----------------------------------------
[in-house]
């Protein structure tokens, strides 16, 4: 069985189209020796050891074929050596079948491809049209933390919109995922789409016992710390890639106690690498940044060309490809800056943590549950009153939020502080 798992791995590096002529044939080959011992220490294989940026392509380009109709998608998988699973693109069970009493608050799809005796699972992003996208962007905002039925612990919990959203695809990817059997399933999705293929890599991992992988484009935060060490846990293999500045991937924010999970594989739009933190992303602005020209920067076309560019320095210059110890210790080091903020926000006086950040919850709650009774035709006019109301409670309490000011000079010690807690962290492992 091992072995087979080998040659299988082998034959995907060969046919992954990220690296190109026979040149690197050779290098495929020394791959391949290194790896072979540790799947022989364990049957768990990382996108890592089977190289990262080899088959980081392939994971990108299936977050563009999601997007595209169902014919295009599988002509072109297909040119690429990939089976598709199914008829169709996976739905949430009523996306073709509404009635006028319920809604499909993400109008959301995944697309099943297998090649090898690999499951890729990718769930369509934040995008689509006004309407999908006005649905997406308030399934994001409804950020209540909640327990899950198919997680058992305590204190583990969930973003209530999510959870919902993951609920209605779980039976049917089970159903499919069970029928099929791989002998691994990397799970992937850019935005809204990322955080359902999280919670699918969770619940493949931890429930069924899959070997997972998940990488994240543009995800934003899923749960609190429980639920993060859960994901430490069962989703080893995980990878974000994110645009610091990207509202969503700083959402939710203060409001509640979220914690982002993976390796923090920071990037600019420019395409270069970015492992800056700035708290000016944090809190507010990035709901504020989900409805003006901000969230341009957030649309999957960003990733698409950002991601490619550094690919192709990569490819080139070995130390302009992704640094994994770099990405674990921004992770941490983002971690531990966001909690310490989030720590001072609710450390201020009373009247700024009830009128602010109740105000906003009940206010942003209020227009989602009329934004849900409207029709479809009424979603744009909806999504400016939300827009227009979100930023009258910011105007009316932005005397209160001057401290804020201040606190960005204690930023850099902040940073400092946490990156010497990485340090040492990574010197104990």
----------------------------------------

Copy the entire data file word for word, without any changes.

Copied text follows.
[in-house]
């Protein structure tokens, strides 16, 4: 069985189209020796050891074929050596079948491809049209933390919109995922789409016992710390890639106690690498940044060309490809800056943590549950009153939020502080 798992791995590096002529044939080959011992220490294989940026392509380009109709998608998988699973693109069970009493608050799809005796699972992003996208962007905002039925612990919990959203695809990817059997399933999705293929890599991992992988484009935060060490846990293999500045991937924010999970594989739009933190992303602005020209920067076309560019320095210059110890210790080091903020926000006086950040919850709650009774035709006019109301409670309490000011000079010690807690962290492992 091992072995087979080998040659299988082998034959995907060969046919992954990220690296190109026979040149690197050779290098495929020394791959391949290194790896072979540790799947022989364990049957768990990382996108890592089977190289990262080899088959980081392939994971990108299936977050563009999601997007595209169902014919295009599988002509072109297909040119690429990939089976598709199914008829169709996976739905949430009523996306073709509404009635006028319920809604499909993400109008959301995944697309099943297998090649090898690999499951890729990718769930369509934040995008689509006004309407999908006005649905997406308030399934994001409804950020209540909640327990899950198919997680058992305590204190583990969930973003209530999510959870919902993951609920209605779980039976049917089970159903499919069970029928099929791989002998691994990397799970992937850019935005809204990322955080359902999280919670699918969770619940493949931890429930069924899959070997997972998940990488994240543009995800934003899923749960609190429980639920993060859960994901430490069962989703080893995980990878974000994110645009610091990207509202969503700083959402939710203060409001509640979220914690982002993976390796923090920071990037600019420019395409270069970015492992800056700035708290000016944090809190507010990035709901504020989900409805003006901000969230341009957030649309999957960003990733698409950002991601490619550094690919192709990569490819080139070995130390302009992704640094994994770099990405674990921004992770941490983002971690531990966001909690310490989030720590001072609710450390201020009373009247700024009830009128602010109740105000906003009940206010942003209020227009989602009329934004849900409207029709479809009424979603744009909806999504400016939300827009227009979100930023009258910011105007009316932005005397209160001057401290804020201040606190960005204690930023850099902040940073400092946490990156010497990485340090040492990574010197104990």